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Divorce (Religious Marriages)

Mr. Andrew Dismore accordingly presented a Bill to make provision enabling a court to require the dissolution of a religious marriage before granting a civil divorce: And the same was read the First time; and ordered to be read a Second time on Friday 26 October, and to be printed [Bill 35].

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Opposition Day

[2nd Allotted Day]

Ministerial Conduct (DTLR)

Mr. Speaker: I must inform the House that I have selected the amendment in the name of the Prime Minister.

3.43 pm

Mrs. Theresa May (Maidenhead): I beg to move,

I am sure that we will all remember the events of 11 September for the rest of our lives. Just as a generation defined themselves by what they were doing when President Kennedy was assassinated, so a whole generation of people will define themselves by what they were doing when they saw the events of 11 September. Up and down the country, people watched their televisions in disbelief and wondered if what they saw could actually be happening.

Let me refresh the memory of hon. Members about those events. At 1.45 in the afternoon British time, a plane travelling from Boston to Los Angeles carrying 92 people crashed into the north tower of the World Trade Centre. Fifteen minutes later, at 2 pm British time, a second plane carrying 64 people—

Mr. Barry Gardiner (Brent, North): Will the hon. Lady give way?

Mrs. May: No, I will not.

I am sorry to say that that intervention is an example of some of the appalling attitudes taken by members of the Labour party.

Mr. Gardiner: Will the hon. Lady give way?

Mrs. May: No. Certainly not.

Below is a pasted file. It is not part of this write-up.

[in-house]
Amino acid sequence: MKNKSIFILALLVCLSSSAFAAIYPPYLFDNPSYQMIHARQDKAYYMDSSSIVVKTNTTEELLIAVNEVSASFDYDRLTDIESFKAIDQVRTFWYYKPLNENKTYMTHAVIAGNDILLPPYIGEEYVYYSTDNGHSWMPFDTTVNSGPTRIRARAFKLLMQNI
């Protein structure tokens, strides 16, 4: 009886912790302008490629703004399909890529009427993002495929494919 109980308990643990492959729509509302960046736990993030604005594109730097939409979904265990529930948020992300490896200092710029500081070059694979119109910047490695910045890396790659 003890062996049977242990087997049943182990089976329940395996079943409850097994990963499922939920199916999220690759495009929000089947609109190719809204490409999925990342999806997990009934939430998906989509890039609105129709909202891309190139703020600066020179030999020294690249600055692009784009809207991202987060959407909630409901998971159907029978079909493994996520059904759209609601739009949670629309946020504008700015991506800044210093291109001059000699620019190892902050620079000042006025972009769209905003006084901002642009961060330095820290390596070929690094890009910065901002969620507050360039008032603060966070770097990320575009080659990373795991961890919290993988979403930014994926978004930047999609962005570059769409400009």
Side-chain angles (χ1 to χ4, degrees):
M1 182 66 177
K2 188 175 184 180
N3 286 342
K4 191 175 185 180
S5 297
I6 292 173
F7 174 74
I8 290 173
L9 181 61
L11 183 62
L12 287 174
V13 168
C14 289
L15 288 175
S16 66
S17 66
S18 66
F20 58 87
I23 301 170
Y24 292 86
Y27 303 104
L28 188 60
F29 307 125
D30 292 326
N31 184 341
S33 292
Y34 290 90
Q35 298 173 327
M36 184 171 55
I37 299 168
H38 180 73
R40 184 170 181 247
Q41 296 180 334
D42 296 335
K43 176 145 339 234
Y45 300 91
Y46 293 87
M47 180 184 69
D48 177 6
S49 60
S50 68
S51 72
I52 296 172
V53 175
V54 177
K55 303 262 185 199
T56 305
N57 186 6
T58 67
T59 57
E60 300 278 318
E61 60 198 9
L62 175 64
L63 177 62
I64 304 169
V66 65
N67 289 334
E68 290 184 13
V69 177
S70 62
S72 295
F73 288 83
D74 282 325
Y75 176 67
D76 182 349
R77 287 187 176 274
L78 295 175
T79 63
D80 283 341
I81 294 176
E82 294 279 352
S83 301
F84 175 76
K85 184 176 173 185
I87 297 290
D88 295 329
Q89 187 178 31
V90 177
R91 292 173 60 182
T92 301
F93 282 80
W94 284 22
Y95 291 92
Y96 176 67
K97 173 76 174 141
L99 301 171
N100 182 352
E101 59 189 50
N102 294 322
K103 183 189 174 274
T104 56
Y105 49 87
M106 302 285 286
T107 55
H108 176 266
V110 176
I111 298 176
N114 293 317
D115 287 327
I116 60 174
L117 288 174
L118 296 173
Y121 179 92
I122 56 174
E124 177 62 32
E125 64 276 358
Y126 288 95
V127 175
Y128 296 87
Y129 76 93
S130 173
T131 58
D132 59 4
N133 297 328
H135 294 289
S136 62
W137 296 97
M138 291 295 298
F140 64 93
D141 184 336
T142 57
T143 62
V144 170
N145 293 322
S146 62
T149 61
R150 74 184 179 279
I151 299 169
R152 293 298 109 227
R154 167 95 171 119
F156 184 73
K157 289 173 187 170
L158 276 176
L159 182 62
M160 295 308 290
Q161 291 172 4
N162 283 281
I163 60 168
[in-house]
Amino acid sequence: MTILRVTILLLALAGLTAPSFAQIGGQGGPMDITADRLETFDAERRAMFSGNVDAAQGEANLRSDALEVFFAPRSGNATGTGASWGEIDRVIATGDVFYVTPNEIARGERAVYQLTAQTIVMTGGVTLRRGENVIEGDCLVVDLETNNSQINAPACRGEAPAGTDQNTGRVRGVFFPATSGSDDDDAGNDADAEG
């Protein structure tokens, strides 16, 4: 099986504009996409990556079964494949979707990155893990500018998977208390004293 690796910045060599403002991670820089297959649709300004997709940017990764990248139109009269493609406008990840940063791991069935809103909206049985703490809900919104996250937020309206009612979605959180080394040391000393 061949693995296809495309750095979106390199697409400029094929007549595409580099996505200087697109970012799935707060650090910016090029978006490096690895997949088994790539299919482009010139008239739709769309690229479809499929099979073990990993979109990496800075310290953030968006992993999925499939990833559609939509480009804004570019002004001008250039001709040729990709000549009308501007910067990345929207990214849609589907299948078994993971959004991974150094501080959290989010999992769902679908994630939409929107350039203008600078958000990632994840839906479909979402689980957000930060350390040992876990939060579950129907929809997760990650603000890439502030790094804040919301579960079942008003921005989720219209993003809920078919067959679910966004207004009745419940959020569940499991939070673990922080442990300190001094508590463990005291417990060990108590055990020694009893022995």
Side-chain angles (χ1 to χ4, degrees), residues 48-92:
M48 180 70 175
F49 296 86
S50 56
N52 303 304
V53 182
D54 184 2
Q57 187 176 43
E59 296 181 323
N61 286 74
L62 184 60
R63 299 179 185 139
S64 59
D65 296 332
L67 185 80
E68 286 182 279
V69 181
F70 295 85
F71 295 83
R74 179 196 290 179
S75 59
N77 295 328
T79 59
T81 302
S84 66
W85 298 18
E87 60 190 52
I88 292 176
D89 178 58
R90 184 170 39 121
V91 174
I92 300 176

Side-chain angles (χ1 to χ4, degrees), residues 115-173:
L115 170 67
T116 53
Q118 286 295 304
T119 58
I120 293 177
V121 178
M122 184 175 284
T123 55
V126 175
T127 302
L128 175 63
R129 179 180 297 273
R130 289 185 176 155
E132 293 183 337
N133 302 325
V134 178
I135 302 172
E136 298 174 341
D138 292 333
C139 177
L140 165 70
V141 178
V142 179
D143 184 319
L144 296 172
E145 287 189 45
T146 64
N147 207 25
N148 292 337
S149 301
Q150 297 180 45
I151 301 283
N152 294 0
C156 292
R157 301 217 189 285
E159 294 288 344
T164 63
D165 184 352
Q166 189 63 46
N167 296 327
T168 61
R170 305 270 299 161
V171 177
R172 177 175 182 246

Fifteen minutes later, at 2 pm British time, a second plane carrying 64 people hit the south tower.

Helen Southworth (Warrington, South): This is just exploitation.

Hon. Members: Ooh.

Mrs. May: At 2.30 pm British time, a third plane carrying 65 people crashed into the Pentagon in Washington, and workers in companies such as Cantor Fitzgerald, based in the World Trade Centre, phoned their loved ones and left messages telling them that they were about to die.

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Between 2.30 and 3 pm British time, major Government buildings in Washington were evacuated in anticipation of a further strike. Between 3 and 3.30 pm British time, both towers of the World Trade Centre collapsed. At 3.30 pm, the Prime Minister abandoned his speech to the Trades Union Congress in Brighton.

I am sure that all hon. Members shared my sense of utter disbelief as we watched those horrifying scenes. Indeed, the world stood transfixed, unable to comprehend the horror unfolding before our very eyes. Yet, in the midst of all that, at 2.55 pm, Ms Jo Moore, special adviser to the Secretary of State, his appointee, sent an e-mail to her departmental colleagues that said:

To think that someone's immediate reaction was to see what was happening in New York and Washington not as a human tragedy but as a political public relations opportunity that Ministers should make the most of is almost beyond understanding.

The events of that day marked a change in how we view our own position in the world but they also marked the time when the culture of this Government's news management stepped beyond the barely acceptable and became the disreputable. We have not tabled the motion lightly, but it is a sad commentary on the Government's attitudes and approach, and the culture of spin that they have nurtured, that Ministers' actions have brought us to this debate today.

Indeed, I am not alone in feeling that way. Speaking of the e-mail sent by Jo Moore, the Chairman of the Public Administration Committee, the hon. Member for Cannock Chase (Tony Wright), said:

He also said that her actions were "incompatible with public service".

The hon. Member for Hornchurch (John Cryer) said:

The Prime Minister said:

Given those comments, and the sense of outrage felt throughout the House and outside, I find it incomprehensible that Ms Moore is still in her post. It reflects not only a lack of understanding on her part but a sorry lack of judgment on the part of the Secretary of State.

A number of questions still need to be answered. My hon. Friend the Member for Westmorland and Lonsdale (Mr. Collins) wrote to the Secretary of State on 12 October, asking him to state publicly whether Jo Moore still had his firm support, to give an assurance that no one acted on the advice in the e-mail and to say whether he had spoken to her before she sent it. So far, he has not replied.